Lego Life Is A Social Network That’s Designed For Kids

Lego Life Is A Social Network That’s Designed For Kids

The platform was made to enable children to freely express themselves while exchanging ideas in a friendly environment

Ido Lechner, Home Editor
  • 6 february 2017

From Lego-themed books to video games, the stackable plastic bricks have evolved from a physical toy to a well-respected brand with a digital presence, educational STEM (science, technology, engineering and math) materials and theme parks. The Danish company has even dipped its toes into various fictitious universes such as Star Wars or Batman, a strategic partnership that helped the enterprise amass new fans loyal to those separate realms. Its innovative DNA has enabled the toy giant to not only survive, but thrive at the turn of the century when physical objects migrated to the virtual world, and just last week the company announced the launch of a new social networked dubbed ‘Lego Life


Designed to enable children to freely express themselves while exchanging ideas in a friendly environment, the iOS and Android app places a premium on safety. Complete with a sign-up process (which prompts those under 13 to get parental permissions through separate emails), randomly generated user names every time kids sign in and Lego avatars in place of headshots. Lego has even joined forces with a content moderation company to bring algorithmic detection to the platform as a means of ensuring every uploaded image stays PG, faceless, and strictly Lego related. Of course, the company still has to sprinkle in human admins when dangerously clever children hold up selfies with minifigs to throw off the algorithms.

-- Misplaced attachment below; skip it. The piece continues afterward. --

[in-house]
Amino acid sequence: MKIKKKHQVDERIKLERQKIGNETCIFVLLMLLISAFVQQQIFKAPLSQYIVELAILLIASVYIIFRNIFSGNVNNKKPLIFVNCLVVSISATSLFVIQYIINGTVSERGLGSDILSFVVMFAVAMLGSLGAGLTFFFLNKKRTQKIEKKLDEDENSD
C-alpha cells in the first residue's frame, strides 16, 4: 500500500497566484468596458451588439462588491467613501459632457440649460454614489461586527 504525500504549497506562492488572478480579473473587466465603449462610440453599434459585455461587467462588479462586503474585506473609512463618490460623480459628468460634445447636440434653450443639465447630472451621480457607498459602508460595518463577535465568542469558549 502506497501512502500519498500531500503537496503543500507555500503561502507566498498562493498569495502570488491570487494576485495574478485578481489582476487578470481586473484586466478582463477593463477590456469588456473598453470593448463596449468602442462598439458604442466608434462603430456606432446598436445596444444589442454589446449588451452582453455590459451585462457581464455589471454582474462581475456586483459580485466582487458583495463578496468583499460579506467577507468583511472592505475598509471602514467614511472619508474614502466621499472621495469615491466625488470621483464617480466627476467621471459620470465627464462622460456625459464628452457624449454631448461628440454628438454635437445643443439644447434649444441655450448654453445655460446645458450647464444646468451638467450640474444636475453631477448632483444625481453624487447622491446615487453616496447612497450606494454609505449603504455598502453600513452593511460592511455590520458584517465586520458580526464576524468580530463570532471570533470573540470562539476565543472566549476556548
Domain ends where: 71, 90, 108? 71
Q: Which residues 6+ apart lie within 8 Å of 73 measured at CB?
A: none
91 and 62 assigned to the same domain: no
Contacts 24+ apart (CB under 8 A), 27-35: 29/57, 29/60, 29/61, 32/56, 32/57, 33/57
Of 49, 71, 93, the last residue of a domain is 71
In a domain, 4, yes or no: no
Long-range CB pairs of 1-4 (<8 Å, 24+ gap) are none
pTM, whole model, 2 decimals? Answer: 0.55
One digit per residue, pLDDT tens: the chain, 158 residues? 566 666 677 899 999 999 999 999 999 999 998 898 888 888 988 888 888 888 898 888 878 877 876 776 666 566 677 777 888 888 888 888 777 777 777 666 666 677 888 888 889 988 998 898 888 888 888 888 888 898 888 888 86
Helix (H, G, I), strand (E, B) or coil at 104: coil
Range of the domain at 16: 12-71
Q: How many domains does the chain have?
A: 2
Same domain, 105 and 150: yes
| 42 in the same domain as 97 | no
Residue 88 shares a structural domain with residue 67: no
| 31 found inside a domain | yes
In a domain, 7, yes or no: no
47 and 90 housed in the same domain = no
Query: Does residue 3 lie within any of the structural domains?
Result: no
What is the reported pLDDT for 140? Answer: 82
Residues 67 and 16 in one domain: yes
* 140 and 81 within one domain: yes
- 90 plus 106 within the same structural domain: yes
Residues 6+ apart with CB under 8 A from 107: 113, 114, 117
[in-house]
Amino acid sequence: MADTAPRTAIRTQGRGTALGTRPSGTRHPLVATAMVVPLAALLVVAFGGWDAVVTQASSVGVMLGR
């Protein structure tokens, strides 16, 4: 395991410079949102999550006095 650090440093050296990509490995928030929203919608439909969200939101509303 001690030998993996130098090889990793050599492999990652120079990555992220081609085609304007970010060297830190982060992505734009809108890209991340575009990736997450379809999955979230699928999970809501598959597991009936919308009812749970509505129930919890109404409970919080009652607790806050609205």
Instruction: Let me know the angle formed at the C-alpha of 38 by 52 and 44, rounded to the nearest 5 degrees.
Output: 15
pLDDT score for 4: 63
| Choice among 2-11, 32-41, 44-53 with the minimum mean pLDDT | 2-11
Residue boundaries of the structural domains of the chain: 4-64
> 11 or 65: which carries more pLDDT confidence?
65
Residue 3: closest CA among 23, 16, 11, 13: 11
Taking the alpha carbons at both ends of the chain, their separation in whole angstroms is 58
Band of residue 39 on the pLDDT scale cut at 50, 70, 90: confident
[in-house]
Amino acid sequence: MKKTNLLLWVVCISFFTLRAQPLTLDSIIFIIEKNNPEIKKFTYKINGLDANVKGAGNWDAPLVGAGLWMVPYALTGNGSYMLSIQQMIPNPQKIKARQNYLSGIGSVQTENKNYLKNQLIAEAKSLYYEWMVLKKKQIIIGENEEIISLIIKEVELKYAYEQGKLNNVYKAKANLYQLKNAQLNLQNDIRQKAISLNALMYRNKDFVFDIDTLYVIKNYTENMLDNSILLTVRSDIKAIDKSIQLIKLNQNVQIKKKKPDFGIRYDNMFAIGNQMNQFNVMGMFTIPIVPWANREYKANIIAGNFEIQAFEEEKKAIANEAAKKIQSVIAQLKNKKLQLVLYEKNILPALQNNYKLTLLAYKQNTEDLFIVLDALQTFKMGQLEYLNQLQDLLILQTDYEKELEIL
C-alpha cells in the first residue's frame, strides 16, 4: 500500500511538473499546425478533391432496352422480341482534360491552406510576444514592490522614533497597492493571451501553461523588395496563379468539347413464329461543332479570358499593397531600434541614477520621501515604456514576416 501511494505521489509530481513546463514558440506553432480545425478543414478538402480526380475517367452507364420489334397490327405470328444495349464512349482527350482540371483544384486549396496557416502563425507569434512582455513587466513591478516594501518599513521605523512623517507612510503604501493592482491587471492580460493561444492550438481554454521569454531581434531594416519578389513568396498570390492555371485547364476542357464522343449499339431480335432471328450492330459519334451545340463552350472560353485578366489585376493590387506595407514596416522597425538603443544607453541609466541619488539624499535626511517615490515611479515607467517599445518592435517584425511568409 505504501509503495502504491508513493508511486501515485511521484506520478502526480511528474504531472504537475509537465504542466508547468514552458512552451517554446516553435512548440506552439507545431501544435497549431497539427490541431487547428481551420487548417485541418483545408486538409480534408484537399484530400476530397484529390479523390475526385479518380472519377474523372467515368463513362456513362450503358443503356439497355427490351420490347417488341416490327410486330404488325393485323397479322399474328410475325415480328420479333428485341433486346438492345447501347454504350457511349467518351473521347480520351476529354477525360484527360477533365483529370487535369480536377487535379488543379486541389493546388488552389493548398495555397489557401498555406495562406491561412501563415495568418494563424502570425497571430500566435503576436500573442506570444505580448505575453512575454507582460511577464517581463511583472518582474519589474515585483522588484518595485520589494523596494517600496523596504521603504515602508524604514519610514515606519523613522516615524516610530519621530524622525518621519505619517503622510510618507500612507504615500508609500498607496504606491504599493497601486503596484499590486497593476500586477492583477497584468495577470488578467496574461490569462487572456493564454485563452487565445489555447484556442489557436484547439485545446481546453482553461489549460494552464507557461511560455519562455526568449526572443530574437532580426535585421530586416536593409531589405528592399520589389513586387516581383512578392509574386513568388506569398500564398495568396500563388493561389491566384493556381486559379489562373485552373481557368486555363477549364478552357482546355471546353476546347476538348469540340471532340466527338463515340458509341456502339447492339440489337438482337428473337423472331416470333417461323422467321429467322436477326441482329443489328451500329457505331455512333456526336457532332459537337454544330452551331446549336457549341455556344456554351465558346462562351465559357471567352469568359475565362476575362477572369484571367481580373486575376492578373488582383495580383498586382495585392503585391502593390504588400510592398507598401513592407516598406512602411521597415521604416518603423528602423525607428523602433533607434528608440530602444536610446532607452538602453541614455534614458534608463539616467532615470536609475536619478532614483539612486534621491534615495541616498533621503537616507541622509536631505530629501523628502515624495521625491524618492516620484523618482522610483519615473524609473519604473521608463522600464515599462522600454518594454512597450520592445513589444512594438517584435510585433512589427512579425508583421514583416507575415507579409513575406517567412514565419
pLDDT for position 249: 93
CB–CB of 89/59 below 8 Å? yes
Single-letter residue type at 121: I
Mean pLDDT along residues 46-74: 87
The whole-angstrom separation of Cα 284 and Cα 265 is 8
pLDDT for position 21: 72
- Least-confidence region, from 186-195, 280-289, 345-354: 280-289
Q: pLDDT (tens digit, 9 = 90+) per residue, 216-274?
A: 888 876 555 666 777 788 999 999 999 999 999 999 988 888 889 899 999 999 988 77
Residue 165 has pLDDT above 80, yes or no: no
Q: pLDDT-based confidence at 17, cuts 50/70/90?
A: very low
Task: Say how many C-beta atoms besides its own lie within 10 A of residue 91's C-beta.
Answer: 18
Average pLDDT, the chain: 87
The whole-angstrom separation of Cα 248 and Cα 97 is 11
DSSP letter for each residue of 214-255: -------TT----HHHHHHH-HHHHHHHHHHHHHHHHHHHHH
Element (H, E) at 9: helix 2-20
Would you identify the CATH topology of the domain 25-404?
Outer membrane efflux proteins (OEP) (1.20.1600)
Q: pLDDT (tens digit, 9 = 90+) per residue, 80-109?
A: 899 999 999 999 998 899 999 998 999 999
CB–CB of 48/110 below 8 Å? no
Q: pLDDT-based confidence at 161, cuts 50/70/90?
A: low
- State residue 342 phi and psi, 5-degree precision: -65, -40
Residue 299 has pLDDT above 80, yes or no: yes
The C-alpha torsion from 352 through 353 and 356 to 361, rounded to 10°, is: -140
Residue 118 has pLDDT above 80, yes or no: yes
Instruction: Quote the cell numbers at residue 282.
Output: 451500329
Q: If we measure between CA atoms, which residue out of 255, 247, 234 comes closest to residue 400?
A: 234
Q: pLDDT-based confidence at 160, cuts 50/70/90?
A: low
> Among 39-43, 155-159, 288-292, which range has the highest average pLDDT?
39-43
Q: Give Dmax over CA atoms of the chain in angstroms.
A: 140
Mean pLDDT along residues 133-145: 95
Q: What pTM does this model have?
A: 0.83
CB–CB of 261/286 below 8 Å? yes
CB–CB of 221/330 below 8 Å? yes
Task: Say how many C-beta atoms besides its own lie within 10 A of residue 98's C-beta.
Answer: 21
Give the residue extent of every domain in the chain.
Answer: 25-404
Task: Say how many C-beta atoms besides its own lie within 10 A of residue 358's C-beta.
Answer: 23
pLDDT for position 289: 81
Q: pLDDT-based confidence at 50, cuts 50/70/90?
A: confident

At face value the platform looks like a brick-obsessed Instagram; it has your standard newsfeed, profiles and like/comment features. A closer look into the platform however reveals a window into the brilliance of Lego’s marketing genius. In addition to the various content uploaded by users themselves, the newsfeed offers the company a direct line with its user base. Through an assortment of challenges, build recommendations and spotlighting various sets from the Lego multiverse, the platform effectively doubles as a self-promotion for other Lego products. A ‘visualized hashtag system’ has even be devised to let kids quickly surface their favorite themes.

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Perhaps the platform’s most fascinating twist on traditional social media is the fact that you can’t input text, which is yet one more way the app prevents catfishing and other horrors attributed to the web. Powered by the realization that the best way to foster positivity is to stay language-less, comments have been trimmed down to their most essential interpretations: a carefully curated collection of Lego-shaped emojis.

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Devoid of a ‘dislike’ option, the charmingly expressive range of emoticons leave out any semblance of negativity just as well, including when they’re strung together to formulate more complicated, hieroglyphic-like sentences. Plus, since facial expressions are universal, Lego Life is in turn more readily scalable, and has already launched in eight countries with multiple languages.

Though Lego is treating the whole platform as one big experiment, numerous indicators such as the creative nuances, breadth of parental control features, and innovative takes on classic social media features suggest success for the toymaker. “Sometimes you have to put things out there and be surprised, and either pivot, improve, or take down,” posits Lego Life’s creative director James Lema. “We’re absolutely building in the ability to be surprised.”

Lego Life

+lego life

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